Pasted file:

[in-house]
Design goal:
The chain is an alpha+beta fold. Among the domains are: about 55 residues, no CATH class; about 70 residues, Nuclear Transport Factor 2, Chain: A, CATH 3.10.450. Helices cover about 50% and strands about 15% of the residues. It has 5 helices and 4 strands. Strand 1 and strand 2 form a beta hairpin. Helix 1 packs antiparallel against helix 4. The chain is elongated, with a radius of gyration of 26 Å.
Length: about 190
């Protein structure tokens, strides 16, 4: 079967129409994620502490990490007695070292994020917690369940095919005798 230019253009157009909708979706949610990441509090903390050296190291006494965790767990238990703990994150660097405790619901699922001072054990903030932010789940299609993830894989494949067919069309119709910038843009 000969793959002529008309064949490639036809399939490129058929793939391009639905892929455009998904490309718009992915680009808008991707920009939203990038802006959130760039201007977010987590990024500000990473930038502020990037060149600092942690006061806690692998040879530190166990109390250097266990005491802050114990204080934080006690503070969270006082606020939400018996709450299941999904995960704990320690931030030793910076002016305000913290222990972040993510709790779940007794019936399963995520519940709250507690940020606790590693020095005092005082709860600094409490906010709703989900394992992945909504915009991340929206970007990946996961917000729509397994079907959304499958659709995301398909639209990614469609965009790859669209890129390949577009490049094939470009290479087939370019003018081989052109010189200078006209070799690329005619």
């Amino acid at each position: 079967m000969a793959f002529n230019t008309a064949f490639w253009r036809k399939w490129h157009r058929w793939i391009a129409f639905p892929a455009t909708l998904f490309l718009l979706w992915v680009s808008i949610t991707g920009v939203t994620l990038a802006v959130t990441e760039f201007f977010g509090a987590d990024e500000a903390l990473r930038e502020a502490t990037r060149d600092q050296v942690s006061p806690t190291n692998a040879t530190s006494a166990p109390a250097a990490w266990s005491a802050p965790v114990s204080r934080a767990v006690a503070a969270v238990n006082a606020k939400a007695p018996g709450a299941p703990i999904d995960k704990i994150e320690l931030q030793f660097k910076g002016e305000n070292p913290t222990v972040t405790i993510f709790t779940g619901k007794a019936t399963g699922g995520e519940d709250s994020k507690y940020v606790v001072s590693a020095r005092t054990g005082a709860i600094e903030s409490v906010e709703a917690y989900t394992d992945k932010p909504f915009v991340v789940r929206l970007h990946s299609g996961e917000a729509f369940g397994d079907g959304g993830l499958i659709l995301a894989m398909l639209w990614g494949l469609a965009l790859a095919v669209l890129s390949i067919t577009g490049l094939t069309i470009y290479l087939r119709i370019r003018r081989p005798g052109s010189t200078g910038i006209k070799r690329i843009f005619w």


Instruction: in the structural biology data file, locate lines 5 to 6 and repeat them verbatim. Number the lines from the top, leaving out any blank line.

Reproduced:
């Protein structure tokens, strides 16, 4: 079967129409994620502490990490007695070292994020917690369940095919005798 230019253009157009909708979706949610990441509090903390050296190291006494965790767990238990703990994150660097405790619901699922001072054990903030932010789940299609993830894989494949067919069309119709910038843009 000969793959002529008309064949490639036809399939490129058929793939391009639905892929455009998904490309718009992915680009808008991707920009939203990038802006959130760039201007977010987590990024500000990473930038502020990037060149600092942690006061806690692998040879530190166990109390250097266990005491802050114990204080934080006690503070969270006082606020939400018996709450299941999904995960704990320690931030030793910076002016305000913290222990972040993510709790779940007794019936399963995520519940709250507690940020606790590693020095005092005082709860600094409490906010709703989900394992992945909504915009991340929206970007990946996961917000729509397994079907959304499958659709995301398909639209990614469609965009790859669209890129390949577009490049094939470009290479087939370019003018081989052109010189200078006209070799690329005619």
């Amino acid at each position: 079967m000969a793959f002529n230019t008309a064949f490639w253009r036809k399939w490129h157009r058929w793939i391009a129409f639905p892929a455009t909708l998904f490309l718009l979706w992915v680009s808008i949610t991707g920009v939203t994620l990038a802006v959130t990441e760039f201007f977010g509090a987590d990024e500000a903390l990473r930038e502020a502490t990037r060149d600092q050296v942690s006061p806690t190291n692998a040879t530190s006494a166990p109390a250097a990490w266990s005491a802050p965790v114990s204080r934080a767990v006690a503070a969270v238990n006082a606020k939400a007695p018996g709450a299941p703990i999904d995960k704990i994150e320690l931030q030793f660097k910076g002016e305000n070292p913290t222990v972040t405790i993510f709790t779940g619901k007794a019936t399963g699922g995520e519940d709250s994020k507690y940020v606790v001072s590693a020095r005092t054990g005082a709860i600094e903030s409490v906010e709703a917690y989900t394992d992945k932010p909504f915009v991340v789940r929206l970007h990946s299609g996961e917000a729509f369940g397994d079907g959304g993830l499958i659709l995301a894989m398909l639209w990614g494949l469609a965009l790859a095919v669209l890129s390949i067919t577009g490049l094939t069309i470009y290479l087939r119709i370019r003018r081989p005798g052109s010189t200078g910038i006209k070799r690329i843009f005619w």